When the compressor 158 is actuated so that it is operating, solenoid valve 172 is closed. The solenoid valve 172 will open only in response to timer 174. Timer 174 opens solenoid valve 172 on a timed basis.
When the device 10 is turned off, the solenoid valve 172 is placed in its opened position to allow refrigerant to pass through the solenoid valve, thereby equalizing the pressure between the upstream and downstream sides of the compressor 158. Due to the presence of check valve 146 and normally closed pressure test valve 44, the opening of solenoid valve 172 will not permit any refrigerant to flow into the interior of canister 90.
Having described the invention in detail, and by reference to the preferred embodiments thereof, it will be apparent that modifications and variations are possible without departing from the scope of the invention as defined in the appended claims.
|Cited Patent||Filing date||Publication date||Applicant||Title|
|US1938205 *||Nov 1, 1929||Dec 5, 1933||Lucien I Yeomans||Refrigeration system|
|US2044096 *||May 27, 1935||Jun 16, 1936||Moran Matthew F||Dry cleaning system|
|US2321964 *||Aug 8, 1941||Jun 15, 1943||York Ice Machinery Corp||Purge system for refrigerative circuits|
|US2341429 *||Jul 19, 1940||Feb 8, 1944||Westinghouse Electric & Mfg Co||Method of reconditioning refrigerating apparatus and reclaiming refrigerant|
|US2341430 *||Jul 19, 1941||Feb 8, 1944||Westinghouse Electric & Mfg Co||Method of reconditioning refrigerating apparatus and reclaiming refrigerant|
|US2511967 *||Apr 29, 1948||Jun 20, 1950||Gas and liquto separator|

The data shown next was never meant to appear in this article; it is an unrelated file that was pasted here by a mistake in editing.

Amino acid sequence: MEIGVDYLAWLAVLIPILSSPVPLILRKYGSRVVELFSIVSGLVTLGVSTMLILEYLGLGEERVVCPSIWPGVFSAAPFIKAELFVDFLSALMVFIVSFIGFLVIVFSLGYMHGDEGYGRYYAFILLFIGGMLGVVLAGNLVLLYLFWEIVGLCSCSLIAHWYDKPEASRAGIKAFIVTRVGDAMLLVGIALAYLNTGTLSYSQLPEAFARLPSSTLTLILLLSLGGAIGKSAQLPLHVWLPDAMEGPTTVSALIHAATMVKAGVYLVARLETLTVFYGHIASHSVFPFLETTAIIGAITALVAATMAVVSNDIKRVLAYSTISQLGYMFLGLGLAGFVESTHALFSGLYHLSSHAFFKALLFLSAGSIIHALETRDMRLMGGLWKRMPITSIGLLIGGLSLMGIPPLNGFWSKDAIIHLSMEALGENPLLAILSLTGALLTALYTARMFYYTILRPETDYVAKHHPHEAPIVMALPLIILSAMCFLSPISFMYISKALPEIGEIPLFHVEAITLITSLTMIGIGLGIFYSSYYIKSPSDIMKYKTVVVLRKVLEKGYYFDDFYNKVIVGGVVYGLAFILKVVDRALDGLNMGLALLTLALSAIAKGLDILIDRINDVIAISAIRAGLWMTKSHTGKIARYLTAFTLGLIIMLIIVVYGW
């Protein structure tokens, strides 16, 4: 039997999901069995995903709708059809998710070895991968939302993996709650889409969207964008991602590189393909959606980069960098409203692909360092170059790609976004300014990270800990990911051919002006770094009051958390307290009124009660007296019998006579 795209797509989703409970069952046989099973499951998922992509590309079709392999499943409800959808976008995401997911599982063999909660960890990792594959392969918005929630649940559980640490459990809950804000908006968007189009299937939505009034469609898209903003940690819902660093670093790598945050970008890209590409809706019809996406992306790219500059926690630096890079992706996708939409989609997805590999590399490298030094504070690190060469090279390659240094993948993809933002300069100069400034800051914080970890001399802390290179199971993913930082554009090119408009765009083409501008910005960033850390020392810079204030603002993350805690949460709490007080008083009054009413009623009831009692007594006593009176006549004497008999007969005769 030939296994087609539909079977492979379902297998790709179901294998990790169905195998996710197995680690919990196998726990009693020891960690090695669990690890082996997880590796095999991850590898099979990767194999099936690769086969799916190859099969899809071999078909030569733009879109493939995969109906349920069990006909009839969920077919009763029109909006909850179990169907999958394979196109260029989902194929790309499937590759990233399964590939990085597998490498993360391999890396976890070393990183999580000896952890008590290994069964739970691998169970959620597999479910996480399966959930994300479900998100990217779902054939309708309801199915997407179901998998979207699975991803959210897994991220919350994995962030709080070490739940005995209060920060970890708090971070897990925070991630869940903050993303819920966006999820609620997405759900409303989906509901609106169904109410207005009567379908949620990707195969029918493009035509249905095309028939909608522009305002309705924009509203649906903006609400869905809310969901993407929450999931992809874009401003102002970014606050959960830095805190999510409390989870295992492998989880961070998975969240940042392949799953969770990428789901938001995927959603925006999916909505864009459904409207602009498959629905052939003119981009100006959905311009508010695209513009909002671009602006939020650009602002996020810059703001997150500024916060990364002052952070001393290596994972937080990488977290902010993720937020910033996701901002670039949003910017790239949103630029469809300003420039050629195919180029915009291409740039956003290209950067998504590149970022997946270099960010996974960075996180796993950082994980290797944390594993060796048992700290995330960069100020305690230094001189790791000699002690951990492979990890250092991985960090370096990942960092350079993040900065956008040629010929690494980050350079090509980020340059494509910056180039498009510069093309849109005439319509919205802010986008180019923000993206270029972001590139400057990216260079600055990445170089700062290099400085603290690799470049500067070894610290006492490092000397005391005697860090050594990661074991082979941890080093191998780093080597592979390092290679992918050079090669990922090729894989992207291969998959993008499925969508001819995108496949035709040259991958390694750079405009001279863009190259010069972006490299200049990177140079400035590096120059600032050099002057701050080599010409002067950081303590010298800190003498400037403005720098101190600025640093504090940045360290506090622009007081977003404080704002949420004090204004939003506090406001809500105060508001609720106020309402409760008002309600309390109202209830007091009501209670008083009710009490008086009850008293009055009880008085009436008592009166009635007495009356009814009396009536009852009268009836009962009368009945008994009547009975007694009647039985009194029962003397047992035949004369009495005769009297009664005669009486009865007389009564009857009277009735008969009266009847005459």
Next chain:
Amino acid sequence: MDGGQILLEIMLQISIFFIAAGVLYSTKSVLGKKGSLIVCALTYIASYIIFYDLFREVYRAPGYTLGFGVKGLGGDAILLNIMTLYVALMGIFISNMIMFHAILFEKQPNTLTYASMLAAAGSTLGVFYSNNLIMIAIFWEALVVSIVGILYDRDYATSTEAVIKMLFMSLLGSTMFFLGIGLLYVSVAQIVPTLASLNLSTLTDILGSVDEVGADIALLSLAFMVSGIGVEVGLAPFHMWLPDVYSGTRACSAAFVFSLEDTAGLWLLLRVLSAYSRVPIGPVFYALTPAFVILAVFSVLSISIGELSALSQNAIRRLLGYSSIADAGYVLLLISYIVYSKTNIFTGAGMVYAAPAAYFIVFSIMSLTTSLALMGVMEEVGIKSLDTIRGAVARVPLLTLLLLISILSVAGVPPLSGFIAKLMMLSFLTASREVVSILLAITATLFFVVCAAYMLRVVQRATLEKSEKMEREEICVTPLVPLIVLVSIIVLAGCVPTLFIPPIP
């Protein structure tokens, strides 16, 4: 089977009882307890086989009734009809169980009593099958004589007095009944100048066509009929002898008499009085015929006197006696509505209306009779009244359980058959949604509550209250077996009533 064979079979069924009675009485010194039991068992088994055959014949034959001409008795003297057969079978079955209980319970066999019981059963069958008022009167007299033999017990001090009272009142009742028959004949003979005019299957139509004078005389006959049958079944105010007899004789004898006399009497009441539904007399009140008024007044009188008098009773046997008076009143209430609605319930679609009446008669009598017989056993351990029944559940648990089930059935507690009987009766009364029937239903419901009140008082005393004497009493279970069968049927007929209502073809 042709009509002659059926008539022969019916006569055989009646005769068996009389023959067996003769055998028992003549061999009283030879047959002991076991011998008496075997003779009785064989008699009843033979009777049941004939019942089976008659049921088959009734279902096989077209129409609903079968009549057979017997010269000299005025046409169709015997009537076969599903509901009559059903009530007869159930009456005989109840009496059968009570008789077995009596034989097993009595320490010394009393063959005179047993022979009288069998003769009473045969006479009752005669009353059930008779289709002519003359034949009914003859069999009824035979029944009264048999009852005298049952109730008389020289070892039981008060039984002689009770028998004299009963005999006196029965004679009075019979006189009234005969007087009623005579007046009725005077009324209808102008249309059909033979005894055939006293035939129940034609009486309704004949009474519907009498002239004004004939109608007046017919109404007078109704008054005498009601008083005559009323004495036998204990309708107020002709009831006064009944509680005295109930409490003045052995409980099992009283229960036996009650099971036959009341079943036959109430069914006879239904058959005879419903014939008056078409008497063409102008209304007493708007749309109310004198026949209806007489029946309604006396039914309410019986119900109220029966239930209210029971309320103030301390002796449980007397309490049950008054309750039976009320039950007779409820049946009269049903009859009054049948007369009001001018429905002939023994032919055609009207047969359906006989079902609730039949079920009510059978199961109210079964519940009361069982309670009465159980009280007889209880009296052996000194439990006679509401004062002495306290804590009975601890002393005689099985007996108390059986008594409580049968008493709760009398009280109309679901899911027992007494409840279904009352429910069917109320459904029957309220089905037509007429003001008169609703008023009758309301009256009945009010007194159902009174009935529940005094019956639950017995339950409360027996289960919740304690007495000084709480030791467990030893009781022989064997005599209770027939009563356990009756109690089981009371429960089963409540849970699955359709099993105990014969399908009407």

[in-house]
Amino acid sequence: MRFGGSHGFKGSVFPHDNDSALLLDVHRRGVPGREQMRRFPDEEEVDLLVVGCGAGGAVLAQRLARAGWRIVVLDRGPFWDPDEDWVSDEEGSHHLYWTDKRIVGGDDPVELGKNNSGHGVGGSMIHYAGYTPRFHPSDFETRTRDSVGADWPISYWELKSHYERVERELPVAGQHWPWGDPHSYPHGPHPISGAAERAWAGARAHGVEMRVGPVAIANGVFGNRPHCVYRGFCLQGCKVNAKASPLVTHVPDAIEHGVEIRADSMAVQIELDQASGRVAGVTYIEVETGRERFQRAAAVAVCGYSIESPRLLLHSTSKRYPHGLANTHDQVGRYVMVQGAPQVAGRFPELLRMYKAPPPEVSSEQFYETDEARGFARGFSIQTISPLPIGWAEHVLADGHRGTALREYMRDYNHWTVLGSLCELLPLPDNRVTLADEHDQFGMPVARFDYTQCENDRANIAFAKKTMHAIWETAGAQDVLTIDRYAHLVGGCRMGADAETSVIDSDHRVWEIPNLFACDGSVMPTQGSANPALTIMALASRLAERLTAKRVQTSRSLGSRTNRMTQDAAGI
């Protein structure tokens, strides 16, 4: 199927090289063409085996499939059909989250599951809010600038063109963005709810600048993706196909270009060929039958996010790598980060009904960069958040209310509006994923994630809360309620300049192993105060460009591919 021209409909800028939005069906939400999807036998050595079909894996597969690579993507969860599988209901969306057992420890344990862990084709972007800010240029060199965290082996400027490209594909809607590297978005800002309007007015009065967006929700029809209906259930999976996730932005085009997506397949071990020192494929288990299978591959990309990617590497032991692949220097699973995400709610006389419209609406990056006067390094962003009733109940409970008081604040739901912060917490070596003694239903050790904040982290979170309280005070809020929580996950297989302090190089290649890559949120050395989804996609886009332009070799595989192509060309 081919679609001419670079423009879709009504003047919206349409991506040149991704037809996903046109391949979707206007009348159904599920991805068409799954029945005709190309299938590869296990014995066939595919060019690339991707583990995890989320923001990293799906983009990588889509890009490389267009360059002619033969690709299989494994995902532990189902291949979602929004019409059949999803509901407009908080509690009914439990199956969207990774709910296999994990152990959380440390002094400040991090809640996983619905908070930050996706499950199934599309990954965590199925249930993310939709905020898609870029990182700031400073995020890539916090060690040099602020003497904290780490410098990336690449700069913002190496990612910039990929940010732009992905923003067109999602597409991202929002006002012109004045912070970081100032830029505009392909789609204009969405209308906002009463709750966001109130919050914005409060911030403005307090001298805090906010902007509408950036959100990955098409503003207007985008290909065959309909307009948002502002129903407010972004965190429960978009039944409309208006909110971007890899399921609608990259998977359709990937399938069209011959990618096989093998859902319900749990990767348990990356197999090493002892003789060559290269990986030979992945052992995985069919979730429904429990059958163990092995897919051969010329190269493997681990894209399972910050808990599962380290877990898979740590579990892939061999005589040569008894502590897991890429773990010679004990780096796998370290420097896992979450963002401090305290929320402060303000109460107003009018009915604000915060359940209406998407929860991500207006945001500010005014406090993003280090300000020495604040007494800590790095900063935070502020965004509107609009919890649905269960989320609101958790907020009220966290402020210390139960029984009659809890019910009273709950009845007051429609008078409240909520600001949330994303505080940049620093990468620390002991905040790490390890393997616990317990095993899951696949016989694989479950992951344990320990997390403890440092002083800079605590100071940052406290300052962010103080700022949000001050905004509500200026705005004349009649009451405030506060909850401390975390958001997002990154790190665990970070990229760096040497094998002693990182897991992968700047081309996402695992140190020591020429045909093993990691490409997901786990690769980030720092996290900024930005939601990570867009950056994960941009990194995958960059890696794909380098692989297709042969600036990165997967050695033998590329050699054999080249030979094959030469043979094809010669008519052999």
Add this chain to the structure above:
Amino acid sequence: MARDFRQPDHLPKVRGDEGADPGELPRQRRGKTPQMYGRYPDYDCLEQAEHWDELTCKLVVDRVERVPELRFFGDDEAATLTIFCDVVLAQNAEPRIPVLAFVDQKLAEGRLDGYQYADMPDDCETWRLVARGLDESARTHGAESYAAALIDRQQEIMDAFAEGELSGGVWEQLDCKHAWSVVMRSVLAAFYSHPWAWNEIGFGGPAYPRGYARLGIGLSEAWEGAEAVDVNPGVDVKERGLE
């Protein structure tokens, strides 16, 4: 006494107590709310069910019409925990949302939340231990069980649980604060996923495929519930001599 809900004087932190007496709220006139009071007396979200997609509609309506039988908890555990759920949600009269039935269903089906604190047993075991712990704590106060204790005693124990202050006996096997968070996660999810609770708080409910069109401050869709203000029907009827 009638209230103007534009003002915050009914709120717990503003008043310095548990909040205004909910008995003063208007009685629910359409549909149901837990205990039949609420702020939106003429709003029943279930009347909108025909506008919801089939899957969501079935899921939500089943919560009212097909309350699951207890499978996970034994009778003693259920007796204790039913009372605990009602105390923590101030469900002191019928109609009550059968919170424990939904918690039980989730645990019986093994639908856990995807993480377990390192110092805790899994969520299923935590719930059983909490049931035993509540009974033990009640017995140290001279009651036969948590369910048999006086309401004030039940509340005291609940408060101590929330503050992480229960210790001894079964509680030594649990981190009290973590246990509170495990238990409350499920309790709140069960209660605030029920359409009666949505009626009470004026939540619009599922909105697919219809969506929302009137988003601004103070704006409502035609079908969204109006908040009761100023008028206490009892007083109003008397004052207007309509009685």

|US2577598 *||Apr 1, 1950||Dec 4, 1951||Worthington Pump & Mach Corp||Water remover and air concentrator for refrigerating systems|
|US2590061 *||Sep 1, 1949||Mar 18, 1952||Gen Electric||Industrial liquid cooler automatic liquid level control|
|US2865442 *||Jul 23, 1954||Dec 23, 1958||Havilland Engine Co Ltd||Fuel supply systems for liquid fuel engines|
|US2917110 *||Oct 11, 1956||Dec 15, 1959||Gen Motors Corp||Vapor lock preventing device|
|US2972235 *||Dec 5, 1958||Feb 21, 1961||Exxon Research Engineering Co||Purification of refrigerant|
|US2986894 *||Feb 3, 1958||Jun 6, 1961||Carrier Corp||Purge recovery arrangement for refrigeration systems|
|US3070977 *||Mar 31, 1961||Jan 1, 1963||Heat X Inc||Refrigeration system, including oil separator and muffler unit and oil return arrangement|
|US3131548 *||Nov 1, 1962||May 5, 1964||Worthington Corp||Refrigeration purge control|
|US3177680 *||Nov 30, 1962||Apr 13, 1965||Freightlines Corp||Refrigeration system with oil return means|
|US3232070 *||May 17, 1963||Feb 1, 1966||Spormac Sales Company||Refrigerant saver|
|US3357197 *||Jun 3, 1966||Dec 12, 1967||Massengale John L||Process and apparatus for purging refrigeration system|
|US3478529 *||Apr 17, 1968||Nov 18, 1969||Phillips Petroleum Co||Purification of refrigerant|
|US3729949 *||Dec 6, 1971||May 1, 1973||J Talbot||Refrigerant charging control unit|